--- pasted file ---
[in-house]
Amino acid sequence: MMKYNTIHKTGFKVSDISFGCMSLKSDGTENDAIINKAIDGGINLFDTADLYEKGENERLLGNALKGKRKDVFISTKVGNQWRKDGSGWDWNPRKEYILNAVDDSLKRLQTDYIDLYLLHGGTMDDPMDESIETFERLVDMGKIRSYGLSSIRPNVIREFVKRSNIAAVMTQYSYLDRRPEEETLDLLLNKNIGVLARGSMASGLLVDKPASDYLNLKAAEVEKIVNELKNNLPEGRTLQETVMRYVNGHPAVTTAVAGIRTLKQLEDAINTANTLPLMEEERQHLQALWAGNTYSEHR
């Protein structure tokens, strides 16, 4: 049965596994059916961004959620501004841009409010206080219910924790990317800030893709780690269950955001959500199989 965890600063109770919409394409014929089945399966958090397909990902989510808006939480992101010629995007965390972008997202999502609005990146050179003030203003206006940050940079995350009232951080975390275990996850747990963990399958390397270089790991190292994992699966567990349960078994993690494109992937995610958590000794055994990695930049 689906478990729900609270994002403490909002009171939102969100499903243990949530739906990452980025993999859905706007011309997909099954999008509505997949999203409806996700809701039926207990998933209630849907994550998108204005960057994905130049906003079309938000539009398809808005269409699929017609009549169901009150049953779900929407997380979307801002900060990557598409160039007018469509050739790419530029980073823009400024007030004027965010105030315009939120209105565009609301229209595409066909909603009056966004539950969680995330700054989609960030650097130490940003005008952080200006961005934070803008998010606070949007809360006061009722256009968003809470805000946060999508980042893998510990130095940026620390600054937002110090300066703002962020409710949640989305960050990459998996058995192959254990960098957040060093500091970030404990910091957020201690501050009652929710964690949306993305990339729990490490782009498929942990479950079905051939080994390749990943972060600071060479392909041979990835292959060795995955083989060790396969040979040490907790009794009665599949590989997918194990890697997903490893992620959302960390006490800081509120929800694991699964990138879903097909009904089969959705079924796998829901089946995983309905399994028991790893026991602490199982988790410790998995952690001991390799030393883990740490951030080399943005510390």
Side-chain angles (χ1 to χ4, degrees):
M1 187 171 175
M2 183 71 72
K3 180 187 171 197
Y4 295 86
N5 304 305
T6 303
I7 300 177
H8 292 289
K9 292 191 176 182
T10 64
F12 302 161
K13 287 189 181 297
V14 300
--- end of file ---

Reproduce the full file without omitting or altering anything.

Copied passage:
[in-house]
Amino acid sequence: MMKYNTIHKTGFKVSDISFGCMSLKSDGTENDAIINKAIDGGINLFDTADLYEKGENERLLGNALKGKRKDVFISTKVGNQWRKDGSGWDWNPRKEYILNAVDDSLKRLQTDYIDLYLLHGGTMDDPMDESIETFERLVDMGKIRSYGLSSIRPNVIREFVKRSNIAAVMTQYSYLDRRPEEETLDLLLNKNIGVLARGSMASGLLVDKPASDYLNLKAAEVEKIVNELKNNLPEGRTLQETVMRYVNGHPAVTTAVAGIRTLKQLEDAINTANTLPLMEEERQHLQALWAGNTYSEHR
């Protein structure tokens, strides 16, 4: 049965596994059916961004959620501004841009409010206080219910924790990317800030893709780690269950955001959500199989 965890600063109770919409394409014929089945399966958090397909990902989510808006939480992101010629995007965390972008997202999502609005990146050179003030203003206006940050940079995350009232951080975390275990996850747990963990399958390397270089790991190292994992699966567990349960078994993690494109992937995610958590000794055994990695930049 689906478990729900609270994002403490909002009171939102969100499903243990949530739906990452980025993999859905706007011309997909099954999008509505997949999203409806996700809701039926207990998933209630849907994550998108204005960057994905130049906003079309938000539009398809808005269409699929017609009549169901009150049953779900929407997380979307801002900060990557598409160039007018469509050739790419530029980073823009400024007030004027965010105030315009939120209105565009609301229209595409066909909603009056966004539950969680995330700054989609960030650097130490940003005008952080200006961005934070803008998010606070949007809360006061009722256009968003809470805000946060999508980042893998510990130095940026620390600054937002110090300066703002962020409710949640989305960050990459998996058995192959254990960098957040060093500091970030404990910091957020201690501050009652929710964690949306993305990339729990490490782009498929942990479950079905051939080994390749990943972060600071060479392909041979990835292959060795995955083989060790396969040979040490907790009794009665599949590989997918194990890697997903490893992620959302960390006490800081509120929800694991699964990138879903097909009904089969959705079924796998829901089946995983309905399994028991790893026991602490199982988790410790998995952690001991390799030393883990740490951030080399943005510390």
Side-chain angles (χ1 to χ4, degrees):
M1 187 171 175
M2 183 71 72
K3 180 187 171 197
Y4 295 86
N5 304 305
T6 303
I7 300 177
H8 292 289
K9 292 191 176 182
T10 64
F12 302 161
K13 287 189 181 297
V14 300